I’m confused. If you’re saying that at the crux of the controversy of chronic Lyme is “values” regarding the ethics of long-term antibiotic treatment, then you’re going to have to take this up with the American Academy of Dermatology. Long-term use of the same drug, doxycycline (and at the same dosage), is recommended for teenage cystic acne. In fact, according to guidelines, the minimum treatment length for doxy starts at 3 months and the general rule of thumb is 6 months. So if we are talking values wouldn’t it be more fair to focus the victim-shaming on little Billy next door for his vanity and just wanting to be liked by girls, instead of the truly sick, suicidal and marginalized? Although I was encouraged to hear that the topic of Lyme Disease has been keeping you up at night as it does for so many others, I would like to suggest you ask the hard-hitting questions instead of going around and around on the same tired talking points that the majority of journalists churn out. Here are just a few ideas off the top of my head if you need any: Why is the focus put on the “values” of desperate patients and the doctors who treat them, and not the “values” of the medical community at large who gaslight and refuse to treat very sick individuals with ANY long term treatment (let alone long-term antibiotics), or the insurance companies who refuse to cover the costs of IV’s, supplements, and immune-boosting drugs? The vast majority of LLMD’s no longer recommend IV antibiotics due to the associated risks, so why is it still being used as a major talking point for the case against LLMD’s? Why has the CDC invested so little money on Lyme Disease research when it’s the biggest vector-borne illness in the United States? Why do we still not have conclusive answers for the most basic of questions regarding the disease? Why after 6 episodes have you still not interviewed a single reputable Lyme Literate doctor? Especially before you make sweeping claims as to the efficacy of testing, diagnosing and treatment? Dr. Richard Horowitz wrote a book that most patients consider the go-to book on how to treat chronic Lyme disease. He has treated around the ballpark of 30,000 patients. Are you willing to let him weigh in on the matter? Why is it that Labcorp’s and Quest’s western blot only tests for Borrelia Burgdorferi, when in fact it is dozens of species of borrelia that cause Lyme Disease and its debilitating symptoms? Are you willing to interview any people who work at the specialty labs that test for Lyme? Is it true that Igenex could be more accurate in its testing because it cross-reacts with the more strains of Lyme borrelia (as stated on its website)? Could this cross-reaction with more strains be a reason specialty labs are more “sensitive” and produce more positive or varying results? If not, what are the criteria for positive results at each lab? Why is DNA Connexions, a popular lab that claims to culture the bacteria from patients’ urine samples, repeatedly unable to get FDA approval? Why won’t the medical community at large accept results from this lab? Have there been ANY investigations by anyone to see if this lab is legitimate? If this was a quack lab with fraudulent practices how could we not know conclusively by now? If the bacteria are so difficult to find because they’ve burrowed into joints and organs, can autopsies of those who had been treated for Lyme Disease be performed? And last but not least... why can I get 6 months of doxy to treat my acne, but I can’t get it to save my life?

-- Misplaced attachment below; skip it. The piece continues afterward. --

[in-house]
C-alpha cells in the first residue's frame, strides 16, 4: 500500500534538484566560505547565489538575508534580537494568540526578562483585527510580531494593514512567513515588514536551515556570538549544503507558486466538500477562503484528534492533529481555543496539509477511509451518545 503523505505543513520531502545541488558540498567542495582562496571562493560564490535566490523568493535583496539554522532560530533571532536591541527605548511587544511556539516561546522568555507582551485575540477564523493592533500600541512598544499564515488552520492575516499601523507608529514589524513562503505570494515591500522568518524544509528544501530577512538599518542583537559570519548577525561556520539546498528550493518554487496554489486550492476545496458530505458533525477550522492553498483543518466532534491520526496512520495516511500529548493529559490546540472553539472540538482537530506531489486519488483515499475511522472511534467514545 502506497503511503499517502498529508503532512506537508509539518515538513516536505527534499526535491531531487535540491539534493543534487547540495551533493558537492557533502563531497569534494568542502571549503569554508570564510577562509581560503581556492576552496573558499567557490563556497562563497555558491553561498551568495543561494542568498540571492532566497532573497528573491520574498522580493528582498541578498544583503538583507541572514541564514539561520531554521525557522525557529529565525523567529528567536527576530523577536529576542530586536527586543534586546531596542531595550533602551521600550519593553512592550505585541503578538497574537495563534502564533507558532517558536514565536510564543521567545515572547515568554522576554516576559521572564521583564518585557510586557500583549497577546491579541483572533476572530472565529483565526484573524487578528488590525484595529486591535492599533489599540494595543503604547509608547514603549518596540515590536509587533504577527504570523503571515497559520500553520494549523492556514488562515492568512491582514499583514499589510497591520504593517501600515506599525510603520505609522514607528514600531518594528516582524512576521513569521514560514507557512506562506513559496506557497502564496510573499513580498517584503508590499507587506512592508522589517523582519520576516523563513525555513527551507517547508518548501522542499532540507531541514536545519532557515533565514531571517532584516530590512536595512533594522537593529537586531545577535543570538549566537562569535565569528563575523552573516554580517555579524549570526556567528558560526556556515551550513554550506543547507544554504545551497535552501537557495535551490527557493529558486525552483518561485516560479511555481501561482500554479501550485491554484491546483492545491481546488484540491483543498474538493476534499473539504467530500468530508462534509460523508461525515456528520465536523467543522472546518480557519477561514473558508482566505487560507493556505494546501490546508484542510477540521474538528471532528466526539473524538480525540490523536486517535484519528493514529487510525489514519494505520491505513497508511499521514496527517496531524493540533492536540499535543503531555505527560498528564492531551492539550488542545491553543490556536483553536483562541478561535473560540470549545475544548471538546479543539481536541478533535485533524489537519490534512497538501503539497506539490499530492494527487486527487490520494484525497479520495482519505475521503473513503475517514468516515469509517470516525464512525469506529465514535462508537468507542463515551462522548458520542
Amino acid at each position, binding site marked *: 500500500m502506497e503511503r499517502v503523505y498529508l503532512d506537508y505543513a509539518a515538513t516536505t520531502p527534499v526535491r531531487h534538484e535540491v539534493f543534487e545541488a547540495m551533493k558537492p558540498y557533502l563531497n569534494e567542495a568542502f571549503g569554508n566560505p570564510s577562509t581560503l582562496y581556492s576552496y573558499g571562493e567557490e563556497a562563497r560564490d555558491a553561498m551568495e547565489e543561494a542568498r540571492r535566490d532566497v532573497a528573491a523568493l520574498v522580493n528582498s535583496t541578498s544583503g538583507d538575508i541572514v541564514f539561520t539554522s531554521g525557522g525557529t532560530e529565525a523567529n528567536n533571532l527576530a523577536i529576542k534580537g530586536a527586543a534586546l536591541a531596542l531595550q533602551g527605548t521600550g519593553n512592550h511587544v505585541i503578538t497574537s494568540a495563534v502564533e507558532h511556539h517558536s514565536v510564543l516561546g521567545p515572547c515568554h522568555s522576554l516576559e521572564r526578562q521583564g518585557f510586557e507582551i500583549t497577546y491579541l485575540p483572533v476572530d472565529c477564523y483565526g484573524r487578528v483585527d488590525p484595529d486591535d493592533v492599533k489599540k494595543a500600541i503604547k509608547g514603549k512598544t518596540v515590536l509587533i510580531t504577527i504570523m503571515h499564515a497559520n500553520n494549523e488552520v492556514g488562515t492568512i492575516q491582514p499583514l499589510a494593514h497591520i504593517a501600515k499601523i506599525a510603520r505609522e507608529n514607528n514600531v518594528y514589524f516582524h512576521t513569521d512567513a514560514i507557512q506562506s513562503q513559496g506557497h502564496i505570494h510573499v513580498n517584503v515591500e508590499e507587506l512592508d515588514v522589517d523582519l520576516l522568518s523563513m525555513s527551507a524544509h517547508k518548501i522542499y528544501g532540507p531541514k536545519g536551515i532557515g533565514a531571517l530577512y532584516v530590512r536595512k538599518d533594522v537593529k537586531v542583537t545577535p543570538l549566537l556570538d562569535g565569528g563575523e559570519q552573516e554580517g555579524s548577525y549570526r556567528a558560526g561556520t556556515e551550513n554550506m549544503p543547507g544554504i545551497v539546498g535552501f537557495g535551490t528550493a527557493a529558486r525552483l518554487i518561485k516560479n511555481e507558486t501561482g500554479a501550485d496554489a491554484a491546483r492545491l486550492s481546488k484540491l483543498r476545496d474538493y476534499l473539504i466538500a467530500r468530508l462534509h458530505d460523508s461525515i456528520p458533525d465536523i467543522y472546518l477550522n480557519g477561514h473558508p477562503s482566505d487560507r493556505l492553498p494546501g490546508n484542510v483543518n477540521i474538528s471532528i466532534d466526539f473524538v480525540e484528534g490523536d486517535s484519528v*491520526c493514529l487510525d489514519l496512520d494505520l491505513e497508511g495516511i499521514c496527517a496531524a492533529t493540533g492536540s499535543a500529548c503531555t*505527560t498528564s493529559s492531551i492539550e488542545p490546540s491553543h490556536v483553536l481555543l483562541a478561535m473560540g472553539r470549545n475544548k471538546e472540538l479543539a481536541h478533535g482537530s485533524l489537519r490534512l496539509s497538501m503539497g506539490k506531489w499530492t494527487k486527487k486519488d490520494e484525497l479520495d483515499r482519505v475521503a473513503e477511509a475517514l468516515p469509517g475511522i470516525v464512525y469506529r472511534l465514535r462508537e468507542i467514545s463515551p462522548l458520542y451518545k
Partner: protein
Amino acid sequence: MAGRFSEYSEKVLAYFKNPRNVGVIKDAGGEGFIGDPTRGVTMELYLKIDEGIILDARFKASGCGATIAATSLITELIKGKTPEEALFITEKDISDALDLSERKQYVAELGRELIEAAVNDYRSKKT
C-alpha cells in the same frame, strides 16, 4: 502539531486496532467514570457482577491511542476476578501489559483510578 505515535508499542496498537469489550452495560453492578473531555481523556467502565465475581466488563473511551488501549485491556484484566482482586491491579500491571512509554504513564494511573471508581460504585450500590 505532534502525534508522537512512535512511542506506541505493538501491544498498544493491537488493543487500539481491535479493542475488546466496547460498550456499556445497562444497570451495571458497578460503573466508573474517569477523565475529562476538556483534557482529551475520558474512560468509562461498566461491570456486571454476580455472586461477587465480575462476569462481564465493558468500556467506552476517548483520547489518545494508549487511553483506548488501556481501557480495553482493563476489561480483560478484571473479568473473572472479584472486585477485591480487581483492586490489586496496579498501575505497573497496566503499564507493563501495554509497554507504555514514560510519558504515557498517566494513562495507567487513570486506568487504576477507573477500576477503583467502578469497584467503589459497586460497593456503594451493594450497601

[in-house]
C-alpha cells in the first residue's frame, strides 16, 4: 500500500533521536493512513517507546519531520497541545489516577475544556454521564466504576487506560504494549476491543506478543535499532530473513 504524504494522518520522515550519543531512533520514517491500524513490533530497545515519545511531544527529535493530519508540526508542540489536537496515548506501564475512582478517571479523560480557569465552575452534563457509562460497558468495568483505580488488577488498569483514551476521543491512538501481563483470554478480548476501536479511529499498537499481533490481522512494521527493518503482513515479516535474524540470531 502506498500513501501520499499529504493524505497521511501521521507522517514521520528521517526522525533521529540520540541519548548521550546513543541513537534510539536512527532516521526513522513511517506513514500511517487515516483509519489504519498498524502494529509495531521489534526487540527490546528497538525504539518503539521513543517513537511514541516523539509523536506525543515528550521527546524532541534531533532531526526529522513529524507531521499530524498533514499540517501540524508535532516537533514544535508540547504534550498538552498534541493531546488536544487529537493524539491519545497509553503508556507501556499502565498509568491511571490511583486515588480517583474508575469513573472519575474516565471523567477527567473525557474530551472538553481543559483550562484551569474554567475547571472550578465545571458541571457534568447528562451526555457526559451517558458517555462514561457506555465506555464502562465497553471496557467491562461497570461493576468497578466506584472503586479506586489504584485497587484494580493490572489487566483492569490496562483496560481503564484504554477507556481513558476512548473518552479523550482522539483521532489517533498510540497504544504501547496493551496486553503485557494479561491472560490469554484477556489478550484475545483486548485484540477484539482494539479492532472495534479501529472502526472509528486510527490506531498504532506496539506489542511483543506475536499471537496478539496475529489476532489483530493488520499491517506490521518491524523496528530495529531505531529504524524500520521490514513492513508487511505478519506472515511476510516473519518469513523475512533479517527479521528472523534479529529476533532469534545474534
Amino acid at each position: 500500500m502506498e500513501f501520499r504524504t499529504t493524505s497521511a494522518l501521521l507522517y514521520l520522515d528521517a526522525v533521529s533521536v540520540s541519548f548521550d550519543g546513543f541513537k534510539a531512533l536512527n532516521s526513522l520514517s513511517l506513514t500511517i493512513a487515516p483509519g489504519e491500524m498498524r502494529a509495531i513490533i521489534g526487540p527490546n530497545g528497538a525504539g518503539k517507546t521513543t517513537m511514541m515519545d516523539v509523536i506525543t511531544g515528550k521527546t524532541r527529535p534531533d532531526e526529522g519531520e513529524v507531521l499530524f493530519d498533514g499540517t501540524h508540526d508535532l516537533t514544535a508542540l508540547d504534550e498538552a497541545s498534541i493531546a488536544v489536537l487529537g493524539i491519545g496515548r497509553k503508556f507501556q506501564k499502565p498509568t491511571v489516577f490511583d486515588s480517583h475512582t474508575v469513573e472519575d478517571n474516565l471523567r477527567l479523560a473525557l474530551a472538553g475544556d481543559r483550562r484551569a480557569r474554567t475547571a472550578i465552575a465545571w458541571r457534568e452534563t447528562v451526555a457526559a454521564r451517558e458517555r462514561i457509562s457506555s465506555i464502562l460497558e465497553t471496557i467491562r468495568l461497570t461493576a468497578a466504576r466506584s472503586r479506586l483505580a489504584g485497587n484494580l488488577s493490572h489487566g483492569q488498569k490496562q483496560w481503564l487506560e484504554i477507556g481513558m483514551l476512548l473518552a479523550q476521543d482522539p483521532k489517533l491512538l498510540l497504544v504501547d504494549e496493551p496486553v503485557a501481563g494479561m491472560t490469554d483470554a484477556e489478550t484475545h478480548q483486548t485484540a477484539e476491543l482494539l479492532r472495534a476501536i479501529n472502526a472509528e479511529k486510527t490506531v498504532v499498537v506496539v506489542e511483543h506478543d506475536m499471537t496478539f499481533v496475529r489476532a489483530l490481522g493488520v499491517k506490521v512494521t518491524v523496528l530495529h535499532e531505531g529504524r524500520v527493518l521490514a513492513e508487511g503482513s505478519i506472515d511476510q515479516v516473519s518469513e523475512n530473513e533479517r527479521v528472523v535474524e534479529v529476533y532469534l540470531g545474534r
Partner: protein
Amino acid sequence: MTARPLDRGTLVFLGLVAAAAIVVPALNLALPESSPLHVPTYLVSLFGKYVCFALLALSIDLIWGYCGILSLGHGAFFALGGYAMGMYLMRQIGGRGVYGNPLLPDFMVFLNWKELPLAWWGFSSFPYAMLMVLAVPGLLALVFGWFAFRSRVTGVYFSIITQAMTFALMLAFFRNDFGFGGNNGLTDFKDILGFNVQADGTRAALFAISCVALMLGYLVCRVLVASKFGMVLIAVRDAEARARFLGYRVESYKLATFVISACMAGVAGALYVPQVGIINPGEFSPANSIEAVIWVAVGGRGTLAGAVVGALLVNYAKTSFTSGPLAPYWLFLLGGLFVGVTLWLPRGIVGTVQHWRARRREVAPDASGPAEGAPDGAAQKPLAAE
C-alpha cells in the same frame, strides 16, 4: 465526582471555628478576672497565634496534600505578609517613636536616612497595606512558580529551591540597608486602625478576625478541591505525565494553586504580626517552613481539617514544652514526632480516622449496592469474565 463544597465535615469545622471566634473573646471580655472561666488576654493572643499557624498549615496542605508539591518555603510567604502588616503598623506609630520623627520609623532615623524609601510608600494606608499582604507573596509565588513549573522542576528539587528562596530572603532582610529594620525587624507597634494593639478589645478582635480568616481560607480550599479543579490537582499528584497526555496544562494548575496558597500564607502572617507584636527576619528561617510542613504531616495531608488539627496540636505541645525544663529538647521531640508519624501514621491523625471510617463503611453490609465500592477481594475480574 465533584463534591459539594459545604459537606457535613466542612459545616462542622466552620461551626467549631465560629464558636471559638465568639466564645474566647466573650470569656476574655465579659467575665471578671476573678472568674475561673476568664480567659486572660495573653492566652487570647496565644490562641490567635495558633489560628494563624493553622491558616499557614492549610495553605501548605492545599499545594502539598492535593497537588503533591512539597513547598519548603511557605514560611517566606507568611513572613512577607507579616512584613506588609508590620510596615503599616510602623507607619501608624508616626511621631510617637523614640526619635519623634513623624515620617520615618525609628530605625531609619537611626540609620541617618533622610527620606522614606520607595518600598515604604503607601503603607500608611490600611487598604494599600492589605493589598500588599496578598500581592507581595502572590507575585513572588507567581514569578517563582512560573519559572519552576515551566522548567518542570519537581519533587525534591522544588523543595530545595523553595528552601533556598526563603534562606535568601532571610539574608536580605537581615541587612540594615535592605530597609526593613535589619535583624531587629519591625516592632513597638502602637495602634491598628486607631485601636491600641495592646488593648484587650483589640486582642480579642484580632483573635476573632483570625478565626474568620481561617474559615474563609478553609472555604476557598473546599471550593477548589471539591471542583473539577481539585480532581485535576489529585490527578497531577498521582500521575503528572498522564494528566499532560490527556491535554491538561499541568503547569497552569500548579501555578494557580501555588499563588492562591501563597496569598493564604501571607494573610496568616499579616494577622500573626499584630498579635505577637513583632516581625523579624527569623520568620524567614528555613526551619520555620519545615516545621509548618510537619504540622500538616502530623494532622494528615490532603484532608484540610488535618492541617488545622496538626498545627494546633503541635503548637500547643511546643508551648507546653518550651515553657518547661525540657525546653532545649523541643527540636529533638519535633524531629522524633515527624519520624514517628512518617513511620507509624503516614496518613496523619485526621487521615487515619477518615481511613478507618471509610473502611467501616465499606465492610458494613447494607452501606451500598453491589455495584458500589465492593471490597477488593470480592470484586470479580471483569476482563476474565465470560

• rachlrave
    Found this podcast through Bear Brook which I loved. My brother has Lyme Disease and I am listening to this to better understand what he is going through. And I also recommended the podcast to him. I really enjoy it.
  • NHArtShop
    A step back for NH
    I’m glad I waited to decide to support NHPR’s Patient Zero. It’s a definite NO. Rating this down to one star. This podcast is harmful. Take the time to do some unbiased research. (1-4 were a good start). This podcast is lazy journalism. If music and gimmicks are your thing Quimby, stick to what you know —don’t mock those suffering you have no creditable knowledge about. — Ep. 6 - the conversation stagnates. C diff is very serious, and is absolutely a concern. But 3/4 a podcast on the same argument that’s been going on for decades why not to treat? Disappointed the producers didn’t dive deeper into research, on both sides, and come up with a podcast to help listeners, and physicians, development better understanding on updated education and individualized treatment options. It’s time to move the conversation forward. —— The first four were very good, but took a nose dive on the fifth. It was a waste of an opportunity to focus on just one clinic that has questionable treatments. Found this 5th podcast harmful to all who didn’t have the fortune to get swift treatment like the producers did (Quimby et al) for the acute stage and their recovery was quick. To mock those who are suffering as hypochondriacs or paranoid with long term symptoms who were misdiagnosed and ignored by their doctors for years is falling back to your old harmful rhetoric. Hope the last two will be back on track. It’s long overdue for the NH medical community to take Tick Borne Diseases seriously and help their patients. Stigmas have no place in healing. It begins with unbiased education.
  • carolweb
    Mimics the IDSA’s stance of discounting Lyme pain and suffering